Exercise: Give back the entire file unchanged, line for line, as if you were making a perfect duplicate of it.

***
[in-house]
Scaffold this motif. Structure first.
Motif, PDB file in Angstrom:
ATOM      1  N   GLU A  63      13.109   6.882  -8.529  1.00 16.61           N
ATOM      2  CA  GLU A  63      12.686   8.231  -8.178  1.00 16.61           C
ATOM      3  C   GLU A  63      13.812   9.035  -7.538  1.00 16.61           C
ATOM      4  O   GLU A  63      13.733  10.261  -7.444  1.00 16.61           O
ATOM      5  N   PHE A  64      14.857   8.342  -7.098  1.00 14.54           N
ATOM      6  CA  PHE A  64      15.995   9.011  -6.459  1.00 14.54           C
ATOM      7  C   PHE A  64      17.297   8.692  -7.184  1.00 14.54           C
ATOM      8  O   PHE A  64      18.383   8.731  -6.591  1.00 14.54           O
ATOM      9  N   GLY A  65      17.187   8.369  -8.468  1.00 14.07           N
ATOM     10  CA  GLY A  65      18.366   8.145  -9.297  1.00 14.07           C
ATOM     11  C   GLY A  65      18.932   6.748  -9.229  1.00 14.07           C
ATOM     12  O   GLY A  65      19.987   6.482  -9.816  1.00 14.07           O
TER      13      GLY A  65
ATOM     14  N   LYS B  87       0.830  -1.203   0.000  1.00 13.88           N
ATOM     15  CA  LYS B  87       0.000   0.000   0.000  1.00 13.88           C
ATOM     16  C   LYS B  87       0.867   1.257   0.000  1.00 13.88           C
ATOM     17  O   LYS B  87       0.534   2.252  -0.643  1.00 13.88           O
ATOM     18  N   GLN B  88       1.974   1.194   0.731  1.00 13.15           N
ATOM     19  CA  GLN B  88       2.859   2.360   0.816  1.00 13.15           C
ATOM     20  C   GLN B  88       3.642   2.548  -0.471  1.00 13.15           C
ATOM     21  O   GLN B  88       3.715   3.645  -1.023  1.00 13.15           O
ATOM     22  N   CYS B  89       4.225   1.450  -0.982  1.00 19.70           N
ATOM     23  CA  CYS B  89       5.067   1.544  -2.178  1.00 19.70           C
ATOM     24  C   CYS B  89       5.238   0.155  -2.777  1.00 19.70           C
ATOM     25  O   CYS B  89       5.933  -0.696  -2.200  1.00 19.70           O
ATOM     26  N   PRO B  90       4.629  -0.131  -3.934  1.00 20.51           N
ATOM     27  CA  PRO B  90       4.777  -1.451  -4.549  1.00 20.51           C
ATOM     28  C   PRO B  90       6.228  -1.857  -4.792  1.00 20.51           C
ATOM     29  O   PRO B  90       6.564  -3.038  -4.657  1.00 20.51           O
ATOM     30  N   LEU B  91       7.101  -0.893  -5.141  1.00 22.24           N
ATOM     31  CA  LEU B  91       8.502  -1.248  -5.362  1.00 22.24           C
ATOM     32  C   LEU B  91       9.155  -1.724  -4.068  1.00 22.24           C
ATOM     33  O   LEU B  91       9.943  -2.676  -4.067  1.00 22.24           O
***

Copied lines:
[in-house]
Scaffold this motif. Structure first.
Motif, PDB file in Angstrom:
ATOM      1  N   GLU A  63      13.109   6.882  -8.529  1.00 16.61           N
ATOM      2  CA  GLU A  63      12.686   8.231  -8.178  1.00 16.61           C
ATOM      3  C   GLU A  63      13.812   9.035  -7.538  1.00 16.61           C
ATOM      4  O   GLU A  63      13.733  10.261  -7.444  1.00 16.61           O
ATOM      5  N   PHE A  64      14.857   8.342  -7.098  1.00 14.54           N
ATOM      6  CA  PHE A  64      15.995   9.011  -6.459  1.00 14.54           C
ATOM      7  C   PHE A  64      17.297   8.692  -7.184  1.00 14.54           C
ATOM      8  O   PHE A  64      18.383   8.731  -6.591  1.00 14.54           O
ATOM      9  N   GLY A  65      17.187   8.369  -8.468  1.00 14.07           N
ATOM     10  CA  GLY A  65      18.366   8.145  -9.297  1.00 14.07           C
ATOM     11  C   GLY A  65      18.932   6.748  -9.229  1.00 14.07           C
ATOM     12  O   GLY A  65      19.987   6.482  -9.816  1.00 14.07           O
TER      13      GLY A  65
ATOM     14  N   LYS B  87       0.830  -1.203   0.000  1.00 13.88           N
ATOM     15  CA  LYS B  87       0.000   0.000   0.000  1.00 13.88           C
ATOM     16  C   LYS B  87       0.867   1.257   0.000  1.00 13.88           C
ATOM     17  O   LYS B  87       0.534   2.252  -0.643  1.00 13.88           O
ATOM     18  N   GLN B  88       1.974   1.194   0.731  1.00 13.15           N
ATOM     19  CA  GLN B  88       2.859   2.360   0.816  1.00 13.15           C
ATOM     20  C   GLN B  88       3.642   2.548  -0.471  1.00 13.15           C
ATOM     21  O   GLN B  88       3.715   3.645  -1.023  1.00 13.15           O
ATOM     22  N   CYS B  89       4.225   1.450  -0.982  1.00 19.70           N
ATOM     23  CA  CYS B  89       5.067   1.544  -2.178  1.00 19.70           C
ATOM     24  C   CYS B  89       5.238   0.155  -2.777  1.00 19.70           C
ATOM     25  O   CYS B  89       5.933  -0.696  -2.200  1.00 19.70           O
ATOM     26  N   PRO B  90       4.629  -0.131  -3.934  1.00 20.51           N
ATOM     27  CA  PRO B  90       4.777  -1.451  -4.549  1.00 20.51           C
ATOM     28  C   PRO B  90       6.228  -1.857  -4.792  1.00 20.51           C
ATOM     29  O   PRO B  90       6.564  -3.038  -4.657  1.00 20.51           O
ATOM     30  N   LEU B  91       7.101  -0.893  -5.141  1.00 22.24           N
ATOM     31  CA  LEU B  91       8.502  -1.248  -5.362  1.00 22.24           C
ATOM     32  C   LEU B  91       9.155  -1.724  -4.068  1.00 22.24           C
ATOM     33  O   LEU B  91       9.943  -2.676  -4.067  1.00 22.24           O